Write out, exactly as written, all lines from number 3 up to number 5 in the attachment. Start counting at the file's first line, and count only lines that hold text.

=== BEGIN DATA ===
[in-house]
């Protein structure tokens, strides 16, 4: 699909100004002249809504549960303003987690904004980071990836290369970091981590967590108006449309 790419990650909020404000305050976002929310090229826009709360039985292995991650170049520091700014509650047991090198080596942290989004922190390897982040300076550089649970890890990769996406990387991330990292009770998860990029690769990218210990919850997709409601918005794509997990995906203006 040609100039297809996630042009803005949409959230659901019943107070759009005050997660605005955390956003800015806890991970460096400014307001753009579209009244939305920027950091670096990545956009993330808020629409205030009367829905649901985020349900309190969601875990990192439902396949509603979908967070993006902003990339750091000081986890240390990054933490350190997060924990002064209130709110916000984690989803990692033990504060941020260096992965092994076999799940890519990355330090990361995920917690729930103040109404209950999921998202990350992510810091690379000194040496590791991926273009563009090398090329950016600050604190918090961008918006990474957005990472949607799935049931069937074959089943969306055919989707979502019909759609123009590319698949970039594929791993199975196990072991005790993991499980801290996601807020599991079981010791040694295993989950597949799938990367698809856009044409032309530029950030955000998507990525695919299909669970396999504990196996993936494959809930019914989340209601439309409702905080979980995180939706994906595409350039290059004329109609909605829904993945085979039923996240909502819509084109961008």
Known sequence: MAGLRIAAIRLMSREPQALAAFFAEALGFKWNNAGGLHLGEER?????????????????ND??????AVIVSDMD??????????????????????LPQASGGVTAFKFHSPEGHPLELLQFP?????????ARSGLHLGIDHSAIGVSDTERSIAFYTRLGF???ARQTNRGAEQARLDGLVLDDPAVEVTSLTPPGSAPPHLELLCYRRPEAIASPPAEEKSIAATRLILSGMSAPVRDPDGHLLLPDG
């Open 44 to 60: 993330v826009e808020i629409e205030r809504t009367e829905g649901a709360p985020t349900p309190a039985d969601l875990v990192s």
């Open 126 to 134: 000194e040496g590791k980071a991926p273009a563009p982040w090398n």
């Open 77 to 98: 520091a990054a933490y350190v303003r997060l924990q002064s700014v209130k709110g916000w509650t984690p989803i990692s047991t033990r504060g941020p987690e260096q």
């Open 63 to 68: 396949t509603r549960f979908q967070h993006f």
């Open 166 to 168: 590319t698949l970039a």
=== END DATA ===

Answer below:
Known sequence: MAGLRIAAIRLMSREPQALAAFFAEALGFKWNNAGGLHLGEER?????????????????ND??????AVIVSDMD??????????????????????LPQASGGVTAFKFHSPEGHPLELLQFP?????????ARSGLHLGIDHSAIGVSDTERSIAFYTRLGF???ARQTNRGAEQARLDGLVLDDPAVEVTSLTPPGSAPPHLELLCYRRPEAIASPPAEEKSIAATRLILSGMSAPVRDPDGHLLLPDG
């Open 44 to 60: 993330v826009e808020i629409e205030r809504t009367e829905g649901a709360p985020t349900p309190a039985d969601l875990v990192s």
């Open 126 to 134: 000194e040496g590791k980071a991926p273009a563009p982040w090398n």